Based on my experience. Of course, there’s plenty of rules mistakes and deck building mistakes, but I’m focusing on easy-to-fix problems. Also, even though I’m giving specific examples, I’m trying to fix larger problems.
Sure, you’ll lose if you lose all of your life, and against decks such as burn, you really need to protect your lifetotal. Most of the time, however, your life isn’t that important. It does decide who wins, so you’ll have to do something about it eventually, but quite often the game (especially right now) is more about maneuvering yourself into a position where you have enough control of the board or evasion to put yourself ahead enough to win eventually.
The key is to know which kind of game your playing right then. The basic rule: If your opponent is throwing his resources at you from the beginning, in order to kill as fast as possible, protect your life. Otherwise its not that important.
Being Overly Protective of Their Cards
Something I noticed playing in GP Strasbourg (and yes, there are beginners at GPs as well): A couple of players would do everything they could in order to protect their [scryfall]Hooded Hydra[/scryfall]. Apparently they had internalized that [scryfall]Hooded Hydra[/scryfall] is a very strong card, but they hadn’t really figured out why.
Hooded Hydra is a strong card specifically because you don’t need to protect it. If it dies, you get a comparable edge on the board with all the snakes. Of course, it depends on the situation whether you want the snakes or not (they can be very bad if you know your opponent is playing something that can kill small creatures easily, but they can be extremely good, if your playing things like [scryfall]Trumpet Blast[/scryfall]).
I also see people not attacking, or not blocking because they are afraid of some trick. Sometimes this is right, but not that often. You need to figure these things out objectively, not based on a bad experience, or fear of losing something.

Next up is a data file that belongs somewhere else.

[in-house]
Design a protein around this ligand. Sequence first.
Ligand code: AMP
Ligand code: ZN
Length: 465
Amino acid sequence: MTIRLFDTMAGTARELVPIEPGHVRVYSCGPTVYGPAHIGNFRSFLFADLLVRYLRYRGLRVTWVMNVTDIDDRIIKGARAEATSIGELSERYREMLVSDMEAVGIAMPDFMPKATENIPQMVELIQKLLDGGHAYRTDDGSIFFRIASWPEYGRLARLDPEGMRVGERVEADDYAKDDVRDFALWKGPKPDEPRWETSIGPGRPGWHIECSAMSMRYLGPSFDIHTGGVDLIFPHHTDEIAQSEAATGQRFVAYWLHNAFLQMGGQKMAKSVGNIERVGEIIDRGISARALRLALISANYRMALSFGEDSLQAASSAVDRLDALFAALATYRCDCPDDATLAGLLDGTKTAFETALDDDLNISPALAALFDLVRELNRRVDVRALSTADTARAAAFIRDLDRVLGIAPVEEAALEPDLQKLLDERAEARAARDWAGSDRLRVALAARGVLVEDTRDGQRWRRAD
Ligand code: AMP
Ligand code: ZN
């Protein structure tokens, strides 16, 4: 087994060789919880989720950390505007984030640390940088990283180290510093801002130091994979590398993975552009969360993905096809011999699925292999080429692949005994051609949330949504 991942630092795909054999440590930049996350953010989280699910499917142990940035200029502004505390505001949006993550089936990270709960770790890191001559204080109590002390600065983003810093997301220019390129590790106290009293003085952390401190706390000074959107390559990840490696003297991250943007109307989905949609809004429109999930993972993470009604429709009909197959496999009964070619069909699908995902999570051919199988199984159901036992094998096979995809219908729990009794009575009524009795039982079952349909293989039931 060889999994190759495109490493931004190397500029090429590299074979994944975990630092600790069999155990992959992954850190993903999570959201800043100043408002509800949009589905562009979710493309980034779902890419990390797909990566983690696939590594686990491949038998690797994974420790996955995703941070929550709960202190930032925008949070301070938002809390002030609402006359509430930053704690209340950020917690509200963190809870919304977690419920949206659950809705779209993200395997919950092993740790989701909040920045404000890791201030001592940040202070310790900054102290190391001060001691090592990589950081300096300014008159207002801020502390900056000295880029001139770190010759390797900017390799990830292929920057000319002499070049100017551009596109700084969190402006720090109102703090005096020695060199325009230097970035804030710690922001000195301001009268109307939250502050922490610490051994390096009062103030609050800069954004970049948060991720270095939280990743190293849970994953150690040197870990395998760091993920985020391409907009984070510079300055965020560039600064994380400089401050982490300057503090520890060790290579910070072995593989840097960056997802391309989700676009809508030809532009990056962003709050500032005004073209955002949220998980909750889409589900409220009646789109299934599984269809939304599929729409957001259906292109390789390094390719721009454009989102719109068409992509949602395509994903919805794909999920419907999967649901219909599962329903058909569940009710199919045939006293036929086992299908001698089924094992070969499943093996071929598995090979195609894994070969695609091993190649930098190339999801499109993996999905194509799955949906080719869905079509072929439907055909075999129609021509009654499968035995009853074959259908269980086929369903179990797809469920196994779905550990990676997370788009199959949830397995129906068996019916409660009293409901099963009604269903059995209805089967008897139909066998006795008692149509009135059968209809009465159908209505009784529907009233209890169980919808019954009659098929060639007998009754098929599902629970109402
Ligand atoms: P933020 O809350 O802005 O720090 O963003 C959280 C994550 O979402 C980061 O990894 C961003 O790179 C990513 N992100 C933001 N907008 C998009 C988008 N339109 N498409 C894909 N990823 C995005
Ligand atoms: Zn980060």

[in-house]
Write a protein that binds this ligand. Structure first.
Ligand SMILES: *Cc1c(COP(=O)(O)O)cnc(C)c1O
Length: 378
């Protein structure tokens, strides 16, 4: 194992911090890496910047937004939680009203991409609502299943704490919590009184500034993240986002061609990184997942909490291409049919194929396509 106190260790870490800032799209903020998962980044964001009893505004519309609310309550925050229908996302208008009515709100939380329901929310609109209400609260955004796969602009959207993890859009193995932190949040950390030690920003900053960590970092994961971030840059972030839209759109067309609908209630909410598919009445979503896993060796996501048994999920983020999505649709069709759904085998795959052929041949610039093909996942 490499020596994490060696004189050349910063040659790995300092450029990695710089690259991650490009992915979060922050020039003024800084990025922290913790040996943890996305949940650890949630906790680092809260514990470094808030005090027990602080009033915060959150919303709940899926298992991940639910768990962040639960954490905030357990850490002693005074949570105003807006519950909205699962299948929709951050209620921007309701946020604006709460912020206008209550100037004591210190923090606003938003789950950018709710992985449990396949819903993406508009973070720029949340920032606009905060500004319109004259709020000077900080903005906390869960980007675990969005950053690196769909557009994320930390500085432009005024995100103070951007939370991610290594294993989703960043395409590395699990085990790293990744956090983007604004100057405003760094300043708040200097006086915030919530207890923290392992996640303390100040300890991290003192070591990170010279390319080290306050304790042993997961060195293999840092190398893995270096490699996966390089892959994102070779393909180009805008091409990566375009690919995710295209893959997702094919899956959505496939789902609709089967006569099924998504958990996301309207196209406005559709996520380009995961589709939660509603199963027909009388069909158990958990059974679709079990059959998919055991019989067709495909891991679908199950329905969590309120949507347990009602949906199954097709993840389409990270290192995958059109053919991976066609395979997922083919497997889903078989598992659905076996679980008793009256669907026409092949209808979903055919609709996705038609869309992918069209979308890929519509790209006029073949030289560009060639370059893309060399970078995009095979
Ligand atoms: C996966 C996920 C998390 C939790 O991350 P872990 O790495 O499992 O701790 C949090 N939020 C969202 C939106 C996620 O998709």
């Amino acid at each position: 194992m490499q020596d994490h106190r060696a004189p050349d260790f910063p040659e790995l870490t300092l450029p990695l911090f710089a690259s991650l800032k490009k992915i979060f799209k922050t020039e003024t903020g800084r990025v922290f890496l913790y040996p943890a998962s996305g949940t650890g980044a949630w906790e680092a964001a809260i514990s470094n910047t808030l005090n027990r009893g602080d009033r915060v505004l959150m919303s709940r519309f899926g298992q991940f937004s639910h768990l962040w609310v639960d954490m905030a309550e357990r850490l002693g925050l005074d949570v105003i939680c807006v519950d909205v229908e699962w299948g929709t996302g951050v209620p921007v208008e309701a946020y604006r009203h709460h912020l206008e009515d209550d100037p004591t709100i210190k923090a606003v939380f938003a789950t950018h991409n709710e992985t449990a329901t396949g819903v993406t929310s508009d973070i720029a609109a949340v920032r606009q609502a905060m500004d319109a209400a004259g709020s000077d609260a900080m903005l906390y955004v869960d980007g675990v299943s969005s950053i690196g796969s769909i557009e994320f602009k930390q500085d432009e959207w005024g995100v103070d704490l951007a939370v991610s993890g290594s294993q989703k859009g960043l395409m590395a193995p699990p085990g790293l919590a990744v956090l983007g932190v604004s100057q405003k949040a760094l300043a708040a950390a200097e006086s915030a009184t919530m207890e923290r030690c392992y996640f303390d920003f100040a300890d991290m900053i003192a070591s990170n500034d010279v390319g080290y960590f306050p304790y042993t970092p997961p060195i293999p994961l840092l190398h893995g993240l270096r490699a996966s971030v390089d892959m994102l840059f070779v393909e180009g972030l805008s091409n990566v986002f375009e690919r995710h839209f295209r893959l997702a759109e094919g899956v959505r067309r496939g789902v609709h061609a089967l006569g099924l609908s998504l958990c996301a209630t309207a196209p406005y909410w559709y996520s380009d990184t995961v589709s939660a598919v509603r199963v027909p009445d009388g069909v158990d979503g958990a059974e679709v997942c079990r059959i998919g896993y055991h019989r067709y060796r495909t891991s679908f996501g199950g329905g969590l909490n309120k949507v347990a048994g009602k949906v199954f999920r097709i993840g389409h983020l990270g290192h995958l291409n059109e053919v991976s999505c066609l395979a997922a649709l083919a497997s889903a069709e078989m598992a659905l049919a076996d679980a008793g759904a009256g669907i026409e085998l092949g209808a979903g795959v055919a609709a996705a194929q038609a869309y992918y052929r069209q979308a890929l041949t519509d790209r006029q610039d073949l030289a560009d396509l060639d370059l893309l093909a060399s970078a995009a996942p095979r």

Overestimating the Impact of Luck
Some time ago I was at an FNM draft. One of the players was a first timer. He had never drafted before and since this wasn’t a timed draft, he would use a lot of time to make his decisions (actually, way too much time even for a first timer, but lets not delve too deeply into that or all of his other inapproriate behavior). I probably rolled my eyes way too much when I was paired against him, because I saw his earlier round had gone to time and ended in a draw because he wouldn’t stop messaging on his phone, and apparently he didn’t learn anything from it either.
And, sure enough, after I beat him, he couldn’t help himself and complain about his bad luck. It didn’t occur to him that maybe if he had been paying more attention to the game, he might have won. Or perhaps my years of experience in the game might have given me an edge in drafting, deck building, sideboarding and of course the games themselves.
Sure, luck is a factor. A big factor in fact, but it isn’t that simple. There was a time when Kai Budde won everything. Was he just that lucky, or did he just prepare that well? Probably some of both, but even luck is something you just need to able to utilise. You still need to know what to do with the cards you are draw. You still need to be able to identify the cards you need to put in your deck to be able to draw them.
Not Shuffling Enough
Speaking of luck…
Many people say seven rifle shuffles is enough, because that’s how much you need to shuffle in order to not know where the cards are. I’m not sure if this is true, because I believe a skilled individual could still have a strong chance of being able to “follow” one card in the deck, which might give a pretty big advantage. However, what seven rifles definitely doesn’t do, is randomize the deck enough to be really random. Of course, you can’t really achieve that manually anyhow, but you can try to do more.
You do have to keep a fast enough pace, so you can’t really use too much time on shuffling, but you should do it as thoroughly as possible, and hope your opponent contributes a bit as well.